Categories
Pioneer

What is a Tree Farm Standard?

The term standard has many definitions, and in the case for Tree Farm, its intention is “a required or agreed level of attainment.” The American Tree Farm System 2021 Standards “promote the health and sustainability of America’s family forests.” That is a mouthful and quite an all-encompassing expectation of family forest landowners. Certification of Tree Farms relies on these standards that were designed to help Tree Farmers to effectively manage their forestland, and promote stewardship.

The standards are based on international guidelines from the Programme for the Endorsement of Forest Certification (PEFC TM ). These standards require following third party certification auditing procedures. Sustainable Forestry Initiative (SFI) is also endorsed through PEFC. This certification requires that all standards maintain water quality, wildlife habitat, soil conservation and provide recreation. It also requires wood products production to be done in a sustainable manner. With this “green” certification your ability to sell your wood to markets may be improved. In the future, certification of wood and chain of custody for timber may be a required part of selling logs from your property.

The eight certification standards include: a commitment to practicing sustainable forestry; compliance with federal, state, and local laws; complete timely reforestation or afforestation following regeneration harvests; protect air, water, and soil quality; conservation of biodiversity and forest health; value forest aesthetics; protect special sites and conducting activities in accordance with landowner objectives.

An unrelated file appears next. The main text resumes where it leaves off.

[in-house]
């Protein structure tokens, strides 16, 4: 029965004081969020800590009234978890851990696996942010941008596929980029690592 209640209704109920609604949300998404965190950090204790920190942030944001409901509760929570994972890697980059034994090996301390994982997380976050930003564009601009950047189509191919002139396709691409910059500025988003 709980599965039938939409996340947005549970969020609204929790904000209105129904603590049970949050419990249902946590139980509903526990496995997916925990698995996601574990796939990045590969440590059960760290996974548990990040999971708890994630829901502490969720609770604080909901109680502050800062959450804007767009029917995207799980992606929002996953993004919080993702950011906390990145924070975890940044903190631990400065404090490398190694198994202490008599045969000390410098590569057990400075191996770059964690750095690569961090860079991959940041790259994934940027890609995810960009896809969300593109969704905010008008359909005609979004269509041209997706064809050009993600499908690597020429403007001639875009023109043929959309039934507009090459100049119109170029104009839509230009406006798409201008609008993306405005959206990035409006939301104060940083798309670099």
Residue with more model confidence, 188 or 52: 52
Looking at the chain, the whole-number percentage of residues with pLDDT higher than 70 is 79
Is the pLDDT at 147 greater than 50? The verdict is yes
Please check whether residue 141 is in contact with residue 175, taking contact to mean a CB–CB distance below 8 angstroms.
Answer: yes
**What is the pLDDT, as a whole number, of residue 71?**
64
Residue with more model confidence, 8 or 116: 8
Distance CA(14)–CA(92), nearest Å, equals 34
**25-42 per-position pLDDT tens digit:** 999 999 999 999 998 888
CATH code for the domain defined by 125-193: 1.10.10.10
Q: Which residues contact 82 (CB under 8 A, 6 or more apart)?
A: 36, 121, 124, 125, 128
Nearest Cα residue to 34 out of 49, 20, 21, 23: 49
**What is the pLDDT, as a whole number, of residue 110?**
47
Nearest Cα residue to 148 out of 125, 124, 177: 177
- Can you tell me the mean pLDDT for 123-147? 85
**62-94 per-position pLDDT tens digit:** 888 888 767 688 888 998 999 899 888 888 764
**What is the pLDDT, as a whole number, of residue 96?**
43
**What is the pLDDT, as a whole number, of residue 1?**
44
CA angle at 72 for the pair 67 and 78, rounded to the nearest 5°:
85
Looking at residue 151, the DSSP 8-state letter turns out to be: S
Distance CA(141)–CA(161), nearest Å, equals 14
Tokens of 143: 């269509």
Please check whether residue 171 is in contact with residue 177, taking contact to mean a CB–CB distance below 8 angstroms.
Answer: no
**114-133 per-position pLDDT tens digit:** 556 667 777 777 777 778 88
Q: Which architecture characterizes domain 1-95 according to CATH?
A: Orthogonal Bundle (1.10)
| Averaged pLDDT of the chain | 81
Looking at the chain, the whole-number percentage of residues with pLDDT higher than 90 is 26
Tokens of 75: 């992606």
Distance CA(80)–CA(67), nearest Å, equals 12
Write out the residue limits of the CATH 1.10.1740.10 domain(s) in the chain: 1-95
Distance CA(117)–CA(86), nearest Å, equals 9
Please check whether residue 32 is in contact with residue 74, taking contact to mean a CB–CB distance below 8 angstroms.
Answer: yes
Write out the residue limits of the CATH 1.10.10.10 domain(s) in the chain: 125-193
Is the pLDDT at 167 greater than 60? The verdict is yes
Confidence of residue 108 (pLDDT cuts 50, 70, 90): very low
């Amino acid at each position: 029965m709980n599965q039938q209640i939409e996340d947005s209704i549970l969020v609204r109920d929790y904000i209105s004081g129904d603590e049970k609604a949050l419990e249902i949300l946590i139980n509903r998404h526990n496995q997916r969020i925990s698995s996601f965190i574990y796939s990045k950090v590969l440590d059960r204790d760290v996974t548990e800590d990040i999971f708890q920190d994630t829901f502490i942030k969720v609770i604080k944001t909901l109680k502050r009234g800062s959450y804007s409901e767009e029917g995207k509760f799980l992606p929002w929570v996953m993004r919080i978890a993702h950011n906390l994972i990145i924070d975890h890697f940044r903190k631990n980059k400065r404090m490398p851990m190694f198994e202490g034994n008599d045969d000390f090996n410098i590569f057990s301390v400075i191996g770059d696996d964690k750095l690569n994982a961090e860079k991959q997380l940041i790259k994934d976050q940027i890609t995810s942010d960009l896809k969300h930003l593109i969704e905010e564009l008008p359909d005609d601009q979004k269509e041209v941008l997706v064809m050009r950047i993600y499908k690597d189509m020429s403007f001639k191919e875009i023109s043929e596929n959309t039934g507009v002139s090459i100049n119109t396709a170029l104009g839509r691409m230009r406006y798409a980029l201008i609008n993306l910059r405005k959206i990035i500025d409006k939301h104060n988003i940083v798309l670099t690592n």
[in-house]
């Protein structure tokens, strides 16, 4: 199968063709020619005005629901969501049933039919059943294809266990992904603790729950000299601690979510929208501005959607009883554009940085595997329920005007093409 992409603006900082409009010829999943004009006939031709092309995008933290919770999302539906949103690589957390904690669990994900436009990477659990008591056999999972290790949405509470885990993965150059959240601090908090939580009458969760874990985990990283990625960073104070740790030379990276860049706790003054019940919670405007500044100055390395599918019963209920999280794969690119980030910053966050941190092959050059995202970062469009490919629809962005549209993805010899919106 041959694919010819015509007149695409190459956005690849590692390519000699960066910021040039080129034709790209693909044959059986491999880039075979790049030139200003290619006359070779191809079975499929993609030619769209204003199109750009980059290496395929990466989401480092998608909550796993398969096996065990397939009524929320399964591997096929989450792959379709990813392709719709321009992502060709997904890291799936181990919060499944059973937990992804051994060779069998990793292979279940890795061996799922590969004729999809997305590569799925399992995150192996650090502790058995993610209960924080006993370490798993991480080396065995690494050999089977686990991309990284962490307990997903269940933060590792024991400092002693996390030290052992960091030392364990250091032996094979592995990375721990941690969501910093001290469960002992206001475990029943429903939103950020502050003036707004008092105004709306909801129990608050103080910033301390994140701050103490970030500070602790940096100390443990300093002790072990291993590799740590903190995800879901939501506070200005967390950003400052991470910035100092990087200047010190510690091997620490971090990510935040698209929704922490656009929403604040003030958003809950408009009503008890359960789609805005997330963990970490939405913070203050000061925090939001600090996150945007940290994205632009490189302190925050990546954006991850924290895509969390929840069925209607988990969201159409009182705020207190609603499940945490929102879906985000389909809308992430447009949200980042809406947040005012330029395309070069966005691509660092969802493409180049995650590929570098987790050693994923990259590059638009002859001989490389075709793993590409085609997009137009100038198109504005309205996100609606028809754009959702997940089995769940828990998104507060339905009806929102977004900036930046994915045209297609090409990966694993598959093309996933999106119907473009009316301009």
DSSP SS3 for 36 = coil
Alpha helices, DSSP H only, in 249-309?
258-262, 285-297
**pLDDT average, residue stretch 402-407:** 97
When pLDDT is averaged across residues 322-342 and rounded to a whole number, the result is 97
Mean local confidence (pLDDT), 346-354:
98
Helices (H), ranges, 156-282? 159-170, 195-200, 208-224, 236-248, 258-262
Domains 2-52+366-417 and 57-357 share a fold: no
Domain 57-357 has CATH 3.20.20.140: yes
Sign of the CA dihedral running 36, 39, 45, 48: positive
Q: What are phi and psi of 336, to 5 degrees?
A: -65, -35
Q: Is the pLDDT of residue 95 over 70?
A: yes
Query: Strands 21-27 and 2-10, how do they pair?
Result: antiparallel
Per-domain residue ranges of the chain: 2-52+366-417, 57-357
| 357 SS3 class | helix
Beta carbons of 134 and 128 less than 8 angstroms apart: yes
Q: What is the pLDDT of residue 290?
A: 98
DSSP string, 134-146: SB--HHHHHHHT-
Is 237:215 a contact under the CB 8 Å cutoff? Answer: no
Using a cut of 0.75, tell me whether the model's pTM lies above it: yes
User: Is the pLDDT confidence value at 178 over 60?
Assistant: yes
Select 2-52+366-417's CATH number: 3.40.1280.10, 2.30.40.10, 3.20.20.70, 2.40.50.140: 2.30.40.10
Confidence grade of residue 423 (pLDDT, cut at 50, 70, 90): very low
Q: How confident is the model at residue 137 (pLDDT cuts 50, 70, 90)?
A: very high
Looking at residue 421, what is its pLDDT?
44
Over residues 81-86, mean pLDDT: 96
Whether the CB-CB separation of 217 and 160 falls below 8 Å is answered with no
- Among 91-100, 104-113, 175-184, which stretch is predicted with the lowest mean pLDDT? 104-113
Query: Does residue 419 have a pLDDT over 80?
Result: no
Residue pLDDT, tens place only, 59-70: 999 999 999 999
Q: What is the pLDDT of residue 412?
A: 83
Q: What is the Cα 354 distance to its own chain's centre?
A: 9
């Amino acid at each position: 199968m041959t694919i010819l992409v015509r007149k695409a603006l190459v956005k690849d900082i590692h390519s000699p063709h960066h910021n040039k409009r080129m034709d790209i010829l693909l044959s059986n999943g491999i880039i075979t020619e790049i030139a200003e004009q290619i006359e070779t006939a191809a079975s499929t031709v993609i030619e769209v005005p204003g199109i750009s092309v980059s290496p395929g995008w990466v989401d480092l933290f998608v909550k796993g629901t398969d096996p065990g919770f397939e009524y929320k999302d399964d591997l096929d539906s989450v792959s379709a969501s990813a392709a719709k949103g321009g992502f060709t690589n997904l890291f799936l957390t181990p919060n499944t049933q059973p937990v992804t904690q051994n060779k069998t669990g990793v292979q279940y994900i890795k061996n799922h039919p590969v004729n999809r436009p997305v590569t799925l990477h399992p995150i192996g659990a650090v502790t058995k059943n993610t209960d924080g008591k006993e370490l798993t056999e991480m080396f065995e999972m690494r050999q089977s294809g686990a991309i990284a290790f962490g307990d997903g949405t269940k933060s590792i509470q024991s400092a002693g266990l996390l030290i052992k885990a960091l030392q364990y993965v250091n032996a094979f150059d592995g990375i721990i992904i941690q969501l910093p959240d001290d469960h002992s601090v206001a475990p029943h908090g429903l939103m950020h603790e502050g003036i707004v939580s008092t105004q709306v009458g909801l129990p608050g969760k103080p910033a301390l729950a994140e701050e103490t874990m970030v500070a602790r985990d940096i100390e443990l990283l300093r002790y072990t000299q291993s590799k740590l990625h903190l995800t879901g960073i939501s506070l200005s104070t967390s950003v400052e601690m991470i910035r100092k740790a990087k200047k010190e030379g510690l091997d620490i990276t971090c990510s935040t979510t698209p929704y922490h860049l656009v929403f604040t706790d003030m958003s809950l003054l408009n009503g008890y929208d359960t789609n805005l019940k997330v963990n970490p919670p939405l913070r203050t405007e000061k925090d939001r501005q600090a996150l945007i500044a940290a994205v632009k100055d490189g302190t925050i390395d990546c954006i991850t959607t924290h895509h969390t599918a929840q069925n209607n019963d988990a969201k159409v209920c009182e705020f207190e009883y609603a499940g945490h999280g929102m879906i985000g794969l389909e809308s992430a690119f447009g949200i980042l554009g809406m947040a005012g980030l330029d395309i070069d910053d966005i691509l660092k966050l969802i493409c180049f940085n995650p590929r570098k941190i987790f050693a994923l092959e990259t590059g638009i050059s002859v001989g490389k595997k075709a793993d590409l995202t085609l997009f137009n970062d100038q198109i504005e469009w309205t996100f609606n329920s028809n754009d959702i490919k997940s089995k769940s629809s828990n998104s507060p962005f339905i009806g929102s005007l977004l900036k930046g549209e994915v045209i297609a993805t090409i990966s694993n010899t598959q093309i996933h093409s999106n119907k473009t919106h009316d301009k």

Each of these were designed to accommodate the diversity of forestland and landowner objectives, in relation to the size, scale and intensity of woodlands and operations. For example, managing a small property may look completely different than a 1,000-acre woodland, whether it is in scheduling timber sales, maintaining recreational trails, managing water quality, or encouraging wildlife habitat.

Over the next eight issues of Pioneer eNews, we will look more closely at each standard, and what you, as a Pioneer Tree Farmer, need to do to meet those standards. Each standard identifies “performance measures” and “indicators” that demonstrate conformance. To be more specific, a standard is the principle that is being followed that promotes sustainably managing your forestland. The performance measure outlines the methods for the landowner to meet the standard. Indicators are the activities that he landowner actually completes that meet the standard.

To give an example, many Pioneer Tree Farmers may already have a management plan that addresses some of the requirements of Tree Farm, and may meet the performance measure having a management plan. However, many of the “indicators” outlining more detail in the plan are not being met. Therefore, the plan does not meet the standard, and the Pioneer would need to address more in their forest management plan to be one step closer to certification. Many may only have to address a few items to meet the standard, and some may not even have a management plan yet.